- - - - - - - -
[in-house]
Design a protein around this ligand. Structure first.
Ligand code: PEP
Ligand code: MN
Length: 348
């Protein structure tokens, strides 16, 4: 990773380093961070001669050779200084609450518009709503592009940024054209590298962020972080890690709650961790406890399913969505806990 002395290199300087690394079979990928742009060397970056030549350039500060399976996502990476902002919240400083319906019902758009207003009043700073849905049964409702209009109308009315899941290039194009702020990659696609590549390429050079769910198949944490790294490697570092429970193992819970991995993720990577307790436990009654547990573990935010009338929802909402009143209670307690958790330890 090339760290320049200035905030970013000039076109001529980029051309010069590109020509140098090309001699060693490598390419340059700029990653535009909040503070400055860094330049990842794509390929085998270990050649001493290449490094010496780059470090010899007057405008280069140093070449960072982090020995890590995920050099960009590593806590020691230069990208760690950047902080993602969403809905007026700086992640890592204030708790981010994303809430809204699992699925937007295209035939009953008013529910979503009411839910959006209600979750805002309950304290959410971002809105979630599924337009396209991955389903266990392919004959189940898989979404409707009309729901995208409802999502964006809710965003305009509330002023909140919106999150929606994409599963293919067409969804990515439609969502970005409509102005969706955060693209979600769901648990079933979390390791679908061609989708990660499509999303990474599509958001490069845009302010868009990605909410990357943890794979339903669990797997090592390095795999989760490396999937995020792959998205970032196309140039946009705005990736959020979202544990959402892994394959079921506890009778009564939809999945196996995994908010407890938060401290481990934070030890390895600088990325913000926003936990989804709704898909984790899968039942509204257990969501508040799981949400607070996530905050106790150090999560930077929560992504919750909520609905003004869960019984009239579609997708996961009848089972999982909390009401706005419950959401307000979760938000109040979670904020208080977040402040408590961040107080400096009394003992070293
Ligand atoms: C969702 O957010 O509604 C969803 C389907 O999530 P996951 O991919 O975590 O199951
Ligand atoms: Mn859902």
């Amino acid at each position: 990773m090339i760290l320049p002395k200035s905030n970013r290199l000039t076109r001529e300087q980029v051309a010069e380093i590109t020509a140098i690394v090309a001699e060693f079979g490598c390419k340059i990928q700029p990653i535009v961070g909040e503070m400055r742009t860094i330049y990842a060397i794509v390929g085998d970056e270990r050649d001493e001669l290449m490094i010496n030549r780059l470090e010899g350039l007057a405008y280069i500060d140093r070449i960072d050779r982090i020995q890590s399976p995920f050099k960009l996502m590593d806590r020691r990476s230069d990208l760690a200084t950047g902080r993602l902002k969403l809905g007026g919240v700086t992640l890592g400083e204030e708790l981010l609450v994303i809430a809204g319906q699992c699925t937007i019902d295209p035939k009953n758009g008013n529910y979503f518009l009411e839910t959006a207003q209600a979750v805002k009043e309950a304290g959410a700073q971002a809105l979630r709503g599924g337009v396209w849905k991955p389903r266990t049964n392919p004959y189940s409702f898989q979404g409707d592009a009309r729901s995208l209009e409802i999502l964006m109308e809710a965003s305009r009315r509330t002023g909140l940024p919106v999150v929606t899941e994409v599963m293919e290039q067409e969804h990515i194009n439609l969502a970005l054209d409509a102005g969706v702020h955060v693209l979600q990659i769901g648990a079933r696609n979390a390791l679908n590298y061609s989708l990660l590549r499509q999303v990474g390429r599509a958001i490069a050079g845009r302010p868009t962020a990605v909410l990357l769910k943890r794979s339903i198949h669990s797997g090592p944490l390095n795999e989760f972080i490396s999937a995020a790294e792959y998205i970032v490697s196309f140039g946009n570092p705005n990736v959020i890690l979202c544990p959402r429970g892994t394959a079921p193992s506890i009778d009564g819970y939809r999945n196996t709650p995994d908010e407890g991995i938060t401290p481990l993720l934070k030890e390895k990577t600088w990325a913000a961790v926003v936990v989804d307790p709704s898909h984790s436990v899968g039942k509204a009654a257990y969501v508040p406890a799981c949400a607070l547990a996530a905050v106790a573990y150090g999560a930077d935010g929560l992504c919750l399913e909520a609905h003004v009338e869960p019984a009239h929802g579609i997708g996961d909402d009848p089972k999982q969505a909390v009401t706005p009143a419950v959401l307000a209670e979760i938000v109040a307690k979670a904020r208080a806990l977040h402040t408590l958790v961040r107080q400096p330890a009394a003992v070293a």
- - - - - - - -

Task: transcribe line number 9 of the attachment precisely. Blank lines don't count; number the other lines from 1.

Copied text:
């Amino acid at each position: 990773m090339i760290l320049p002395k200035s905030n970013r290199l000039t076109r001529e300087q980029v051309a010069e380093i590109t020509a140098i690394v090309a001699e060693f079979g490598c390419k340059i990928q700029p990653i535009v961070g909040e503070m400055r742009t860094i330049y990842a060397i794509v390929g085998d970056e270990r050649d001493e001669l290449m490094i010496n030549r780059l470090e010899g350039l007057a405008y280069i500060d140093r070449i960072d050779r982090i020995q890590s399976p995920f050099k960009l996502m590593d806590r020691r990476s230069d990208l760690a200084t950047g902080r993602l902002k969403l809905g007026g919240v700086t992640l890592g400083e204030e708790l981010l609450v994303i809430a809204g319906q699992c699925t937007i019902d295209p035939k009953n758009g008013n529910y979503f518009l009411e839910t959006a207003q209600a979750v805002k009043e309950a304290g959410a700073q971002a809105l979630r709503g599924g337009v396209w849905k991955p389903r266990t049964n392919p004959y189940s409702f898989q979404g409707d592009a009309r729901s995208l209009e409802i999502l964006m109308e809710a965003s305009r009315r509330t002023g909140l940024p919106v999150v929606t899941e994409v599963m293919e290039q067409e969804h990515i194009n439609l969502a970005l054209d409509a102005g969706v702020h955060v693209l979600q990659i769901g648990a079933r696609n979390a390791l679908n590298y061609s989708l990660l590549r499509q999303v990474g390429r599509a958001i490069a050079g845009r302010p868009t962020a990605v909410l990357l769910k943890r794979s339903i198949h669990s797997g090592p944490l390095n795999e989760f972080i490396s999937a995020a790294e792959y998205i970032v490697s196309f140039g946009n570092p705005n990736v959020i890690l979202c544990p959402r429970g892994t394959a079921p193992s506890i009778d009564g819970y939809r999945n196996t709650p995994d908010e407890g991995i938060t401290p481990l993720l934070k030890e390895k990577t600088w990325a913000a961790v926003v936990v989804d307790p709704s898909h984790s436990v899968g039942k509204a009654a257990y969501v508040p406890a799981c949400a607070l547990a996530a905050v106790a573990y150090g999560a930077d935010g929560l992504c919750l399913e909520a609905h003004v009338e869960p019984a009239h929802g579609i997708g996961d909402d009848p089972k999982q969505a909390v009401t706005p009143a419950v959401l307000a209670e979760i938000v109040a307690k979670a904020r208080a806990l977040h402040t408590l958790v961040r107080q400096p330890a009394a003992v070293a």